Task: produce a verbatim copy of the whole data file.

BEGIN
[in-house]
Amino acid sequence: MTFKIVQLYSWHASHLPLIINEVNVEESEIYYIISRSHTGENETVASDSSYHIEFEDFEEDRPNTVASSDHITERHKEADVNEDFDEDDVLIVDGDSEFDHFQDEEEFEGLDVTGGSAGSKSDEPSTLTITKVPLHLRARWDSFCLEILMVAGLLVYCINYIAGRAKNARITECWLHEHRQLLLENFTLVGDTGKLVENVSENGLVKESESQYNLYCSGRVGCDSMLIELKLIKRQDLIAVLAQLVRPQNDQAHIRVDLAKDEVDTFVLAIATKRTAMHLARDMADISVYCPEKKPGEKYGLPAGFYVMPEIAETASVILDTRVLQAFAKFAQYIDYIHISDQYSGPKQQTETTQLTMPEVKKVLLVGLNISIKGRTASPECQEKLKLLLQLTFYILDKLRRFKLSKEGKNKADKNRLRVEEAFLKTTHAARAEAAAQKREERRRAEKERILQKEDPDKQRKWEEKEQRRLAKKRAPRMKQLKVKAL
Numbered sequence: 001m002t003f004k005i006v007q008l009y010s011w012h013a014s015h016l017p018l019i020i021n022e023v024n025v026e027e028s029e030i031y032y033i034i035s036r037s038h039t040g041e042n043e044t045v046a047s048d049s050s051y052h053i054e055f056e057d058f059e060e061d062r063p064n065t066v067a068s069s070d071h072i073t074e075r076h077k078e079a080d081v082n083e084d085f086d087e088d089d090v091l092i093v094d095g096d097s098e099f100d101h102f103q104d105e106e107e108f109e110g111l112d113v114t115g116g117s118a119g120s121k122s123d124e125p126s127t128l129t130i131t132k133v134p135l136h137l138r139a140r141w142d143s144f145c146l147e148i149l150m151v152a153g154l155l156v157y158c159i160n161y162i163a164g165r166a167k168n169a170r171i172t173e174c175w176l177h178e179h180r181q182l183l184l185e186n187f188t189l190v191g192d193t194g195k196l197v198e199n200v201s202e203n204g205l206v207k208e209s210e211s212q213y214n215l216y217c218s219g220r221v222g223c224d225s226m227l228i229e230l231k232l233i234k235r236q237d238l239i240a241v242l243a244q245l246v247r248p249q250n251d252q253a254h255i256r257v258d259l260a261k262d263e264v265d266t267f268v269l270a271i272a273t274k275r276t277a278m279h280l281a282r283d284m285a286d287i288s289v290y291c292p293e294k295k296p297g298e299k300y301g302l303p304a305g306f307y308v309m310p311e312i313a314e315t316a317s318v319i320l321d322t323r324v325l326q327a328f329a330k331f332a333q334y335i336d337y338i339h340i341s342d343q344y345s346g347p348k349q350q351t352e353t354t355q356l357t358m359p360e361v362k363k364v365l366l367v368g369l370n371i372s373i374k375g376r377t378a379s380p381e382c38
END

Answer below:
[in-house]
Amino acid sequence: MTFKIVQLYSWHASHLPLIINEVNVEESEIYYIISRSHTGENETVASDSSYHIEFEDFEEDRPNTVASSDHITERHKEADVNEDFDEDDVLIVDGDSEFDHFQDEEEFEGLDVTGGSAGSKSDEPSTLTITKVPLHLRARWDSFCLEILMVAGLLVYCINYIAGRAKNARITECWLHEHRQLLLENFTLVGDTGKLVENVSENGLVKESESQYNLYCSGRVGCDSMLIELKLIKRQDLIAVLAQLVRPQNDQAHIRVDLAKDEVDTFVLAIATKRTAMHLARDMADISVYCPEKKPGEKYGLPAGFYVMPEIAETASVILDTRVLQAFAKFAQYIDYIHISDQYSGPKQQTETTQLTMPEVKKVLLVGLNISIKGRTASPECQEKLKLLLQLTFYILDKLRRFKLSKEGKNKADKNRLRVEEAFLKTTHAARAEAAAQKREERRRAEKERILQKEDPDKQRKWEEKEQRRLAKKRAPRMKQLKVKAL
Numbered sequence: 001m002t003f004k005i006v007q008l009y010s011w012h013a014s015h016l017p018l019i020i021n022e023v024n025v026e027e028s029e030i031y032y033i034i035s036r037s038h039t040g041e042n043e044t045v046a047s048d049s050s051y052h053i054e055f056e057d058f059e060e061d062r063p064n065t066v067a068s069s070d071h072i073t074e075r076h077k078e079a080d081v082n083e084d085f086d087e088d089d090v091l092i093v094d095g096d097s098e099f100d101h102f103q104d105e106e107e108f109e110g111l112d113v114t115g116g117s118a119g120s121k122s123d124e125p126s127t128l129t130i131t132k133v134p135l136h137l138r139a140r141w142d143s144f145c146l147e148i149l150m151v152a153g154l155l156v157y158c159i160n161y162i163a164g165r166a167k168n169a170r171i172t173e174c175w176l177h178e179h180r181q182l183l184l185e186n187f188t189l190v191g192d193t194g195k196l197v198e199n200v201s202e203n204g205l206v207k208e209s210e211s212q213y214n215l216y217c218s219g220r221v222g223c224d225s226m227l228i229e230l231k232l233i234k235r236q237d238l239i240a241v242l243a244q245l246v247r248p249q250n251d252q253a254h255i256r257v258d259l260a261k262d263e264v265d266t267f268v269l270a271i272a273t274k275r276t277a278m279h280l281a282r283d284m285a286d287i288s289v290y291c292p293e294k295k296p297g298e299k300y301g302l303p304a305g306f307y308v309m310p311e312i313a314e315t316a317s318v319i320l321d322t323r324v325l326q327a328f329a330k331f332a333q334y335i336d337y338i339h340i341s342d343q344y345s346g347p348k349q350q351t352e353t354t355q356l357t358m359p360e361v362k363k364v365l366l367v368g369l370n371i372s373i374k375g376r377t378a379s380p381e382c38